Book 2, Chapter 3, 827 AD to 857 AD – The Witenagemot – Continued
This Witenagemot, or Saxon parliament, had supreme authority not upon any principle of sub ordination, but because it was formed of all the rest. In this assembly, which was held annually, and sometimes twice a year, sat the earls and bishops, and greater thanes, with the other officers of the Crown. So far as we can judge by the style of the Saxon laws, none but the thanes, or nobility, were considered as necessary constituent parts of this assembly, at least whilst it acted deliberatively. It is true, that great numbers of all ranks of people attended its session, and gave by their attendance, and their audible approbation of what was done, a sanction to the laws, but when they consented to anything, it was rather in the way of acclamation, than by the exercise of a deliberate voice, or a regular assent or negative. This may be explained by considering the analogy of the inferior assemblies. All persons, of whatever rank, attended at the county courts, but they did not go there as judges, they went to sue for justice, to be informed of their duty, and to be bound to the performance of it.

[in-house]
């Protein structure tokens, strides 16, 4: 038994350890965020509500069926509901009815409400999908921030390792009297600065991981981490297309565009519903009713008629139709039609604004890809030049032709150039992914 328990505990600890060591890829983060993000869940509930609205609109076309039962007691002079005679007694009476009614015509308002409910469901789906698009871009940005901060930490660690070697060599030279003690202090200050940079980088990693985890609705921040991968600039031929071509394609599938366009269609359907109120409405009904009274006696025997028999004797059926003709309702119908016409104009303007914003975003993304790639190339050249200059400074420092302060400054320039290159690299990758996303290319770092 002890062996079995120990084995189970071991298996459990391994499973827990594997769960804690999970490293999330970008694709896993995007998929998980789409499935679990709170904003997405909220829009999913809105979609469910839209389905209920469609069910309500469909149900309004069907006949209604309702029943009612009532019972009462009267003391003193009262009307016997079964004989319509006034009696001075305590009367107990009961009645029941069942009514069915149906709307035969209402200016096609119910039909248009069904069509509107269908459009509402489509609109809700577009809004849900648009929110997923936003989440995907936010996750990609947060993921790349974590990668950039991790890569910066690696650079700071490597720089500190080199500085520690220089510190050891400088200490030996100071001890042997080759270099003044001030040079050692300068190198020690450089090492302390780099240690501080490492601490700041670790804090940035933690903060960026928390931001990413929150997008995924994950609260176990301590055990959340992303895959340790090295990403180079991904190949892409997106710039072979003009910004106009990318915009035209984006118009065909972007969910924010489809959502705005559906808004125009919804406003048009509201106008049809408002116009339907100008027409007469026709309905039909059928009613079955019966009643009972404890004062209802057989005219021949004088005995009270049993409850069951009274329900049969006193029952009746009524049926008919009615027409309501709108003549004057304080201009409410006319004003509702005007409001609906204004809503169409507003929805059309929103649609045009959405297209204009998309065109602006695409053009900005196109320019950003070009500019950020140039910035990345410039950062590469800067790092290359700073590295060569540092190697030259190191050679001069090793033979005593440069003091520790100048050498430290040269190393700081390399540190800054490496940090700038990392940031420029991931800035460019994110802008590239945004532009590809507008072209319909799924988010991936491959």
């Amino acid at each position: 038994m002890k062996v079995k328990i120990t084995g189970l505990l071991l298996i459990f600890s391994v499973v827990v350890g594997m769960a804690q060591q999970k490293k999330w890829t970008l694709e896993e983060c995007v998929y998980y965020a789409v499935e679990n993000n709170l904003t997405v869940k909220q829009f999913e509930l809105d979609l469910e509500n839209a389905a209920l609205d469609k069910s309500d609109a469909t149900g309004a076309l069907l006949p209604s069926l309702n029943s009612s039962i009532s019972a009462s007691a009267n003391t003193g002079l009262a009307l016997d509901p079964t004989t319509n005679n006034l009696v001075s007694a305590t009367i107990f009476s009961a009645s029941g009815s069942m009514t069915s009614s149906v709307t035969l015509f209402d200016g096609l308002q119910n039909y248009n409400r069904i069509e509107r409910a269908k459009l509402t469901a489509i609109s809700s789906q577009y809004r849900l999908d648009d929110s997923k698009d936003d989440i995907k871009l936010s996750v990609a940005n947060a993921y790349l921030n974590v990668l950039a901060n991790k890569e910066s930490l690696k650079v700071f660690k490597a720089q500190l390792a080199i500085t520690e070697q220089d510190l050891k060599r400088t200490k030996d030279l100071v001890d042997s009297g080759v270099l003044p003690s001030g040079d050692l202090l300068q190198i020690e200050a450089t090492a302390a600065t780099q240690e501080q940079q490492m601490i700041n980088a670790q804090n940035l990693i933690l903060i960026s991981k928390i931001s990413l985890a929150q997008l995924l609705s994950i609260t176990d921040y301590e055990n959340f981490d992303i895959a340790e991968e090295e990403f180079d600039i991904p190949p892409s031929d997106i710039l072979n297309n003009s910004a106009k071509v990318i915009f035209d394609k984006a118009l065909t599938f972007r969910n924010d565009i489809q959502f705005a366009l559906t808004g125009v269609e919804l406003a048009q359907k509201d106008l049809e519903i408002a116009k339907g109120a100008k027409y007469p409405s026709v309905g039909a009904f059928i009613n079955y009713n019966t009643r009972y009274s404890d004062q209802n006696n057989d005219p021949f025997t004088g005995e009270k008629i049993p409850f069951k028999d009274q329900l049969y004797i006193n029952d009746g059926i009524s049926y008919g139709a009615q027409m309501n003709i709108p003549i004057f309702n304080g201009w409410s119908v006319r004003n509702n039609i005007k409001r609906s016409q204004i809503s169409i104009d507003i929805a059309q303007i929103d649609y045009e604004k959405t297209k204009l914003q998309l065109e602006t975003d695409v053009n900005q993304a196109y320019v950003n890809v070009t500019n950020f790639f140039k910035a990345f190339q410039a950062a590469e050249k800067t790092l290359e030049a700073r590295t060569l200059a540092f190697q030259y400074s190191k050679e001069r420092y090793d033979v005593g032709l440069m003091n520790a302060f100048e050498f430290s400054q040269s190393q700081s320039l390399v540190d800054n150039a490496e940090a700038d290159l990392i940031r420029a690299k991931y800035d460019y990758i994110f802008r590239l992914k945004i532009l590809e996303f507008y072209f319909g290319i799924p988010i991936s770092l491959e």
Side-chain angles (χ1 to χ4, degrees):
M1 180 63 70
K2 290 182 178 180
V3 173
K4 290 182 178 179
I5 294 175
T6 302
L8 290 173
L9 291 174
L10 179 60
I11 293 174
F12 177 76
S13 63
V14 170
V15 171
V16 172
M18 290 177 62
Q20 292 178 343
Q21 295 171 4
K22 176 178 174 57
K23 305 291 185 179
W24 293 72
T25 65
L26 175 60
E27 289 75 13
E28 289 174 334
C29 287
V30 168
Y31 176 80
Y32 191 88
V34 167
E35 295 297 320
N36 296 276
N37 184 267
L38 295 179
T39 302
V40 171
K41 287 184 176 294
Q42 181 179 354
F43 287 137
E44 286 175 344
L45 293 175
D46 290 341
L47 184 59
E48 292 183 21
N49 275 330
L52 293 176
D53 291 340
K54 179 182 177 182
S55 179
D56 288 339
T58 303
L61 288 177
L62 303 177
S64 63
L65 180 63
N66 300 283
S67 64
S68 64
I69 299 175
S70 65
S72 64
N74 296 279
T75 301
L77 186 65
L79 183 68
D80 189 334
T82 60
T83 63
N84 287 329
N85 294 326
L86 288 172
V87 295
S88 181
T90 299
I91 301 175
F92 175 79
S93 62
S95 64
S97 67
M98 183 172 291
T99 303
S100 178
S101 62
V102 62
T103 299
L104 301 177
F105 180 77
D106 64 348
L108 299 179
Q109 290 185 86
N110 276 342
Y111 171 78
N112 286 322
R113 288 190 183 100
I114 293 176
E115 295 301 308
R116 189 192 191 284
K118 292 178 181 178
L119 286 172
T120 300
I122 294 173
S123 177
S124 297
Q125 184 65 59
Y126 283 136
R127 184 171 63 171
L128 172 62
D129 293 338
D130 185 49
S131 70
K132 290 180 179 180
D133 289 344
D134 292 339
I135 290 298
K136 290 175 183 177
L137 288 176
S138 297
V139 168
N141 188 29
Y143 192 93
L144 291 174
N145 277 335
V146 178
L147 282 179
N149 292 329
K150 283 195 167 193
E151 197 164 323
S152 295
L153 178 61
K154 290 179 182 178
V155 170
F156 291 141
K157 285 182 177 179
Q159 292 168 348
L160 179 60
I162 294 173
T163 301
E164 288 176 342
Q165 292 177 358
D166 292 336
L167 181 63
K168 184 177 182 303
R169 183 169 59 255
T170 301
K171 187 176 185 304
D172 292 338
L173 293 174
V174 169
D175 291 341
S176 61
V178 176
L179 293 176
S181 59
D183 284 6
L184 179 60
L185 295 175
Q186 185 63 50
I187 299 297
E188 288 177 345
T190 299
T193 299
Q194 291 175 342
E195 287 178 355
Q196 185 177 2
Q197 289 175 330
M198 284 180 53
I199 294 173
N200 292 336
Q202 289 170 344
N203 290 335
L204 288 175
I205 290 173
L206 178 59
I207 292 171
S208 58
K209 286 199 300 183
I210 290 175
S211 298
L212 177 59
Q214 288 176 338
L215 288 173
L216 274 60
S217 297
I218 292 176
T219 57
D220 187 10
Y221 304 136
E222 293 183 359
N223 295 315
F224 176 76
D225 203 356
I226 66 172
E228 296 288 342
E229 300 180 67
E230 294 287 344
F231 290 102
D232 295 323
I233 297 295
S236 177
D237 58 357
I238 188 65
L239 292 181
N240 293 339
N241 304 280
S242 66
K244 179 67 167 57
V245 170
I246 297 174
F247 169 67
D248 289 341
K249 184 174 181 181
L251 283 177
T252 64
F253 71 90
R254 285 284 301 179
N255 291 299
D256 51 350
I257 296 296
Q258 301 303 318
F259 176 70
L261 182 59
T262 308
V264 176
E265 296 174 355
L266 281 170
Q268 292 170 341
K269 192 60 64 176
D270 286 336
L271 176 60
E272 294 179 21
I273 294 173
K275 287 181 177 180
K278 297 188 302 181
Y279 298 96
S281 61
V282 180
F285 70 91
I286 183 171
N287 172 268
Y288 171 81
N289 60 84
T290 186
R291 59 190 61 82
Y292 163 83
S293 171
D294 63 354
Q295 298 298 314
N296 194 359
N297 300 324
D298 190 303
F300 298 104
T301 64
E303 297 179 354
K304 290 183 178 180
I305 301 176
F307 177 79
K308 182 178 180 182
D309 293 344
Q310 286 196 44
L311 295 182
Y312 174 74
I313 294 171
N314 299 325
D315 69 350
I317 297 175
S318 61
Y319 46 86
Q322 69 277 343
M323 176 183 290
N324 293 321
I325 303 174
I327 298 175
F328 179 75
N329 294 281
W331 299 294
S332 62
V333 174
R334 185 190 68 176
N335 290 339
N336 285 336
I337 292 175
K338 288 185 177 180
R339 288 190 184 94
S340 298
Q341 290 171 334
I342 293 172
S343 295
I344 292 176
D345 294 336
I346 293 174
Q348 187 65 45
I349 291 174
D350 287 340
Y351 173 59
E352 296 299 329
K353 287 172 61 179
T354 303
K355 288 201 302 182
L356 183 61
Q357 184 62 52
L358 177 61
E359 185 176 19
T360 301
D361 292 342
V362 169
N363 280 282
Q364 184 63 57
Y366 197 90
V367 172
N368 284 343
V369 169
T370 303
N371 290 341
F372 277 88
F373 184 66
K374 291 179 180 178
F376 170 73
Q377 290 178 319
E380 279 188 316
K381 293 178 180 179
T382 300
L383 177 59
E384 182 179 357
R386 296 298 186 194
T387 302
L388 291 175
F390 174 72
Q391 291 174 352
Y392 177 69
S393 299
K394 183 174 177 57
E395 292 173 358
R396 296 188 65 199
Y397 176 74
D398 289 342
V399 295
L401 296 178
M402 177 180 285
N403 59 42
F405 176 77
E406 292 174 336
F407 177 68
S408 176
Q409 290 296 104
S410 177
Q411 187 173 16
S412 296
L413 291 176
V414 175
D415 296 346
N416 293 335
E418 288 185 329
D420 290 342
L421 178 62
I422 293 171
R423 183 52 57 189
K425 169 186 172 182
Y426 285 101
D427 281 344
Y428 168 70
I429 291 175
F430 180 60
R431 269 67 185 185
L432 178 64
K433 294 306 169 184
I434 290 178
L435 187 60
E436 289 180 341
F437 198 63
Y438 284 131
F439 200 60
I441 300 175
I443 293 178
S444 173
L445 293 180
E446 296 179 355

Chapter 3, Egbert
Chapter 3, The Clergy and The Monasteries
Chapter 3, The Witenagemot
Categories: Book 2